Peter Halley

(b. 1953)

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(1953– )

American painter, born in New York. While studying at Phillips Academy, Andover, Massachusetts, he read The Interaction of Colour by Josef Albers. He graduated in art history from Yale University in 1976. Halley has been one of the leading figures of the Neo-Geo movement, the term itself being more applicable to him than most of the other artists to which it has been applied. His paintings took the devices of the geometric abstraction of the early 20th century but stripped them of their idealist philosophy and Utopian aspirations. Their designs tend to recall electrical circuits or conduits of information. The implicit architectural metaphors of early abstractionists have become signs for the apparatus of social control. Halley is an intellectually sophisticated theorist who has drawn on thinkers such as Jean Baudrillard. Nonetheless, the considerable appeal which his paintings have had for collectors probably owes more to his skill in the manipulation of colour than to the intellectual weight they bear.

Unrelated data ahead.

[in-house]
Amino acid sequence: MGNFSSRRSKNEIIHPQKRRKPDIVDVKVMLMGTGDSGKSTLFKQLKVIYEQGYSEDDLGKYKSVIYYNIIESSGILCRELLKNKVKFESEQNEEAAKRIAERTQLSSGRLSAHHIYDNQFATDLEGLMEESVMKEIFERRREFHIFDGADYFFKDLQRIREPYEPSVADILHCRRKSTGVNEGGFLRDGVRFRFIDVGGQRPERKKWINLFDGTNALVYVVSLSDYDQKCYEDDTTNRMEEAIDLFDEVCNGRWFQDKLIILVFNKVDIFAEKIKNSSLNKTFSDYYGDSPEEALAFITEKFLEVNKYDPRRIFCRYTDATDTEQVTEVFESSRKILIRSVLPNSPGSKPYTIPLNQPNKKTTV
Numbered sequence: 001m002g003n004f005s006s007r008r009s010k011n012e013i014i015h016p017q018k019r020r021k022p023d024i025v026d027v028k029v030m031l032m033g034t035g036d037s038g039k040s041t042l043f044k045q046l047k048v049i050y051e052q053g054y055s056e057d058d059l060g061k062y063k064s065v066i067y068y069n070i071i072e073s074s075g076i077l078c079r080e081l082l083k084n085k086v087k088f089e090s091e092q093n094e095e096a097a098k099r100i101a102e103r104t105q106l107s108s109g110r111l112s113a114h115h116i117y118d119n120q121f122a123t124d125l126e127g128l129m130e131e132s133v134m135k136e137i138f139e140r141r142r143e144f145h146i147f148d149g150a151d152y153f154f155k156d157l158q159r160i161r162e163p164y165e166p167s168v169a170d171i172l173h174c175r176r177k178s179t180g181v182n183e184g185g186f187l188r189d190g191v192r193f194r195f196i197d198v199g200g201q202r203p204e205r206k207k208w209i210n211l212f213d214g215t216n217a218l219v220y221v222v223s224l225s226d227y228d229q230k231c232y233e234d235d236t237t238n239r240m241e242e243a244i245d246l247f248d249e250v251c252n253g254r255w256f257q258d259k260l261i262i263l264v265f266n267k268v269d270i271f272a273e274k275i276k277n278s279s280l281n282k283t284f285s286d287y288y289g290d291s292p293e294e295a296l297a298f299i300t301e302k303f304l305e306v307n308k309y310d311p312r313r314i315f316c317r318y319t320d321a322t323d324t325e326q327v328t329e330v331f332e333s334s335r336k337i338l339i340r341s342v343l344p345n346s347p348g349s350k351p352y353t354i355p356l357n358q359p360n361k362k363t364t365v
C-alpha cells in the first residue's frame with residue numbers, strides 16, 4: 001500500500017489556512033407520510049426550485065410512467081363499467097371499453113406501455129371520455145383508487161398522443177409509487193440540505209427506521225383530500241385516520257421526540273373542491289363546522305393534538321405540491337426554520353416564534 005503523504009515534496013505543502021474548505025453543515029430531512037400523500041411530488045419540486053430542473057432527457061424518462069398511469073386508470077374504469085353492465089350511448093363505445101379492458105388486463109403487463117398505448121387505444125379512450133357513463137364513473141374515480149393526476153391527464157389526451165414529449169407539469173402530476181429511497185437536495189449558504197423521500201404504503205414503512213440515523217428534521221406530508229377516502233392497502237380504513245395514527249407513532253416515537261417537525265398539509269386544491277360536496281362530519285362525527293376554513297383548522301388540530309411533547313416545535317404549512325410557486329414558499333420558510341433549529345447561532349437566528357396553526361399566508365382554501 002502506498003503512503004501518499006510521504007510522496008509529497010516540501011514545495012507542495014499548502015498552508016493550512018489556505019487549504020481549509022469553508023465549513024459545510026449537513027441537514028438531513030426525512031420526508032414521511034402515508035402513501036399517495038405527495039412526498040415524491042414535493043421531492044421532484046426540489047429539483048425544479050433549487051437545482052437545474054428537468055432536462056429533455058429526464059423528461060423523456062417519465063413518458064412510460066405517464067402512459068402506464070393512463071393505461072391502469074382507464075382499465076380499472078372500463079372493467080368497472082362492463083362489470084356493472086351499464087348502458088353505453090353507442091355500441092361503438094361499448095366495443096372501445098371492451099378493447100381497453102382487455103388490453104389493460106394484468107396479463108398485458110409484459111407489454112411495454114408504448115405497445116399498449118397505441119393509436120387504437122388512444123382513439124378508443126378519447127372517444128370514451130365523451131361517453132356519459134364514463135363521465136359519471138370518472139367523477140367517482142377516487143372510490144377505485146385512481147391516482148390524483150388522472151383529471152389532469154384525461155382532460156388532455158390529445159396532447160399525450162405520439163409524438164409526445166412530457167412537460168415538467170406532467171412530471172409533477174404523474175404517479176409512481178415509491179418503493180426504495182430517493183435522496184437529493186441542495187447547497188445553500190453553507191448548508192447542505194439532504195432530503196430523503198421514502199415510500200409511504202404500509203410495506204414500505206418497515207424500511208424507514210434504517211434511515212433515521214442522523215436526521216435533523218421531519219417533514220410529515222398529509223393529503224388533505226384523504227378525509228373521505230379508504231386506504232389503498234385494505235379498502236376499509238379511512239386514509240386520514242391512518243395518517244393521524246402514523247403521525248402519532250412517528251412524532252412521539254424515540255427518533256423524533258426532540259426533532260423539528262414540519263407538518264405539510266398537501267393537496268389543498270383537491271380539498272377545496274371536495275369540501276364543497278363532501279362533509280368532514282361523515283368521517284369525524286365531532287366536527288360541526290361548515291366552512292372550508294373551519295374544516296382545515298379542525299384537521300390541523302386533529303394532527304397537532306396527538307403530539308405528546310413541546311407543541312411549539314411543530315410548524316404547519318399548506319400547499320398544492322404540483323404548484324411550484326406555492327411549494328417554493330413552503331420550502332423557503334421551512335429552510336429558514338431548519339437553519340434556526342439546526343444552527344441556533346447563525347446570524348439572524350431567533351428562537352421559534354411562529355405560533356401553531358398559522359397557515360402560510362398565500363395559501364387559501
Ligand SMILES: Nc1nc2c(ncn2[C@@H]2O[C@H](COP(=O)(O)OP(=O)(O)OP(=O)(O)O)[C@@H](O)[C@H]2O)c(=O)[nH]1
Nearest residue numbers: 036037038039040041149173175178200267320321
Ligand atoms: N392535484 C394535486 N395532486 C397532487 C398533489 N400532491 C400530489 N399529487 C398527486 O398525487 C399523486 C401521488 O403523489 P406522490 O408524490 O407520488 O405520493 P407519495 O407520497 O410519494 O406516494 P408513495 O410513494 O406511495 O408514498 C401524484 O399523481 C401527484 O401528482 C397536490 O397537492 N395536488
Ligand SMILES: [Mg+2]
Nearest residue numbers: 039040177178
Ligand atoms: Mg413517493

Further Reading

D. Birnbaum, ‘Peter Halley’, Artforum International (September 1999)

Subjects: Art.

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